from TSOANELO MOKHAHLANE in Maseru, Lesotho
MASERU, (CAJ News) – ELECTIONS in Lesotho coincide with the country celebrating 56 years of independence this week.
But this poll could not have come at a worse time for the Southern Africa bloc, for years a model for peace and stability in the continent, but now riven by conflict.
Lesotho is among these countries in the Southern African Development Community (SADC) regional beset by turmoil, although Lesotho’s is sporadic.
Between 2012 and 2017, it held three elections that resulted in political instability. It has suffered a similar number of military coup d’état since independence from the United Kingdom in 1966. There was a non-military coup in 1994, the last, by King Letsie III.
There is, thus, concern each time Lesotho heads for elections.
Polls set for Friday are no exception, amid uncertainty over the future of much-needed reforms that the Constitutional Court declared null and void on the eve of the polls, as well as brutality by the security forces.
Basotho will elect 120 members of the National Assembly, with the Prime Minister to emerge from the winning party.
Over 60 political parties are to contest the polls, including the ruling All Basotho Convention (ABC) of Prime Minister Moeketsi Majoro, and major rivals, the Democratic Congress (DC) and the Lesotho Congress for Democracy (LCD).
The now-abortive reforms had been widely supported, including by the European Union (EU), which has sent its first observer mission to the unpredictable country of more than 2 million people.
These reforms were hailed as a precursor to peace and stability, starting with the elections.
All seemed well when all major parties pledged to pass the Omnibus Constitutional Bill, by the end of June, to put in place legislation to dissolve Parliament 90 days before the elections.
Such legislation would include the Amendment to the Constitution Bill 2022 and the National Assembly Electoral Bill, which were not passed in time because of squabbles among the parties.
In any case, the Constitutional Court invalidated the reform bills after the Law Society of Lesotho challenged particularly the state of emergency declared in August.
“This is a blow to those who worked hard to see them passed,” wrote Liesl Louw-Vaudran, Senior Researcher at the Pretoria-based Institute for Security Studies (ISS).
SADC is among those that worked hardest.
It has also intervened in political crises in Lesotho several times.
In 2014, political instability led to the military involvement, surrounding the residence of Prime Minister Tom Thabane’s residence, the police headquarters and shutting down radio stations, leading to Thabane fleeing to South Africa.
SADC quelled the crisis.
Thabane resigned in 2020 due to allegations of murdering his ex-wife. His government collapsed after coalition partners withdrew their support.
While SADC has previously intervened, its hands are full now with other crises emerging elsewhere.
The bloc is involved in a seemingly failing intervention amid the escalating Islamist insurgency in Mozambique.
SADC also has the worsening crisis in Eswatini (formerly Swaziland) to deal with. There are also calls to intervene in Zimbabwe, long a problem child in the 16-member bloc.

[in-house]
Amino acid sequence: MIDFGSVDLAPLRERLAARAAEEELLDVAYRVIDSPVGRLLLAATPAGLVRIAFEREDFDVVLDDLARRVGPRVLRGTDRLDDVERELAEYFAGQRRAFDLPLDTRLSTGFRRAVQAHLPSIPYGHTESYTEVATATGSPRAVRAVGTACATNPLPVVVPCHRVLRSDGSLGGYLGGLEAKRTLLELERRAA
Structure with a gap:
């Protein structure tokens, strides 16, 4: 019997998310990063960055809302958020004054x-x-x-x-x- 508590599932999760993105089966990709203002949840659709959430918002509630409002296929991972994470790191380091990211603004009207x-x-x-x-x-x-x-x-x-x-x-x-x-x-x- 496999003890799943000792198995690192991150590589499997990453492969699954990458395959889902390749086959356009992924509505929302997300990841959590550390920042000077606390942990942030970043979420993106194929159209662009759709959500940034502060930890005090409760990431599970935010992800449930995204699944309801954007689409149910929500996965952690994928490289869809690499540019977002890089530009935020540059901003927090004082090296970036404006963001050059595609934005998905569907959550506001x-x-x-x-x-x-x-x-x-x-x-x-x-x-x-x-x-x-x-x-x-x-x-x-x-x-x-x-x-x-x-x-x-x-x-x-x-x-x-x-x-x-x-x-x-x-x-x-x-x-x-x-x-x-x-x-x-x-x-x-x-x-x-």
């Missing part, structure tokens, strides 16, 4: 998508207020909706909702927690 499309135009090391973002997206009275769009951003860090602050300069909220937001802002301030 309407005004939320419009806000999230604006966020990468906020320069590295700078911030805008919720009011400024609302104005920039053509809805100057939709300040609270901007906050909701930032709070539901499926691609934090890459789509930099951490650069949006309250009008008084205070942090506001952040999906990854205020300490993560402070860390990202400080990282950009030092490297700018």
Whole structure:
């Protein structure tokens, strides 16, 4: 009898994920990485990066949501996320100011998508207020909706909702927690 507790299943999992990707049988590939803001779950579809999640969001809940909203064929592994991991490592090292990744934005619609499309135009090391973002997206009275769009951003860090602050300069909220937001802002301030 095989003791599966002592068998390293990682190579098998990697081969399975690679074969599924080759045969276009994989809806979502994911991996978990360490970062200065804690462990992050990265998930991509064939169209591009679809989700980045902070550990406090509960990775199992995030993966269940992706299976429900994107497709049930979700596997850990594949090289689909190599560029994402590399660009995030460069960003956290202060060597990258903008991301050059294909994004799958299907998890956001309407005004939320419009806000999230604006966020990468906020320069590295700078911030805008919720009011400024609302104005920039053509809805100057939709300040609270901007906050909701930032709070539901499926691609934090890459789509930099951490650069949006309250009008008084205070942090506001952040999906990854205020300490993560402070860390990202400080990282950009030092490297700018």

At the last elections in Lesotho in 2017, only 46 percent of registered voters participated.
These polls were called more than three years ahead of schedule due to a vote-of-no-confidence against incumbent Prime Minister Pakalitha Mosisili.
Human rights groups have bemoaned the human rights violations, including torture, by security forces leading to elections.
Amnesty International said it has documented a number of these in 2022.
In one such case, human rights lawyer, Napo Mafaesa, was arrested by members of the Lesotho Mounted Police Service on allegations of concealing a gun belonging to his client.
Police reportedly shackled Mafaesa’s legs and bound his hands before putting a deflated tyre pressed to his face causing him to struggle to breathe.
It is reported they repeatedly poured cold water on his face while assaulting him.
Mafaesa was freed and is suing the police for about US$28 000.
In May, 35 people were tortured by police officers and members of the Lesotho Defence Forces for protesting against power cuts in the central district of Thaba-Tseka. The victims, 19 men and 16 women, were beaten up and tortured.
They were charged with “disturbing the peace.”
Police authorities in Lesotho are facing a number of legal claims over crimes ranging from murder, cover-up and defeating the ends of justice, to assault, torture and death in police custody.
A law firm in Maseru is pursuing 58 cases of police brutality recorded since 2018.
“It is the duty of the police to protect the public, yet Lesotho’s track record of police brutality shows that the public have much to fear from their law enforcement officers,” said Muleya Mwananyanda, Amnesty International’s Director for East and Southern Africa.
The activist demands that the incoming government ensures accountability for these human rights crimes beyond the electioneering period.
The Crisis Intelligence and Insight Group forecast demonstrations and clashes between supporters of rival political groupings after the vote, especially if any party challenged the results .
“Authorities may use force to disperse any protests that materialise,” it stated.
“Localized road travel disruptions are likely near any incidents of civil unrest or violence.”
The COVID-19, declining transfers from the Southern African Customs Union and the impact of the war in Ukraine have simultaneously hit Lesotho, whose economy the International Monetary Fund (IMF) projects to grow by slightly over 3 percent.
Around 25 percent of the population is food insecure after recurrent drought.
– CAJ News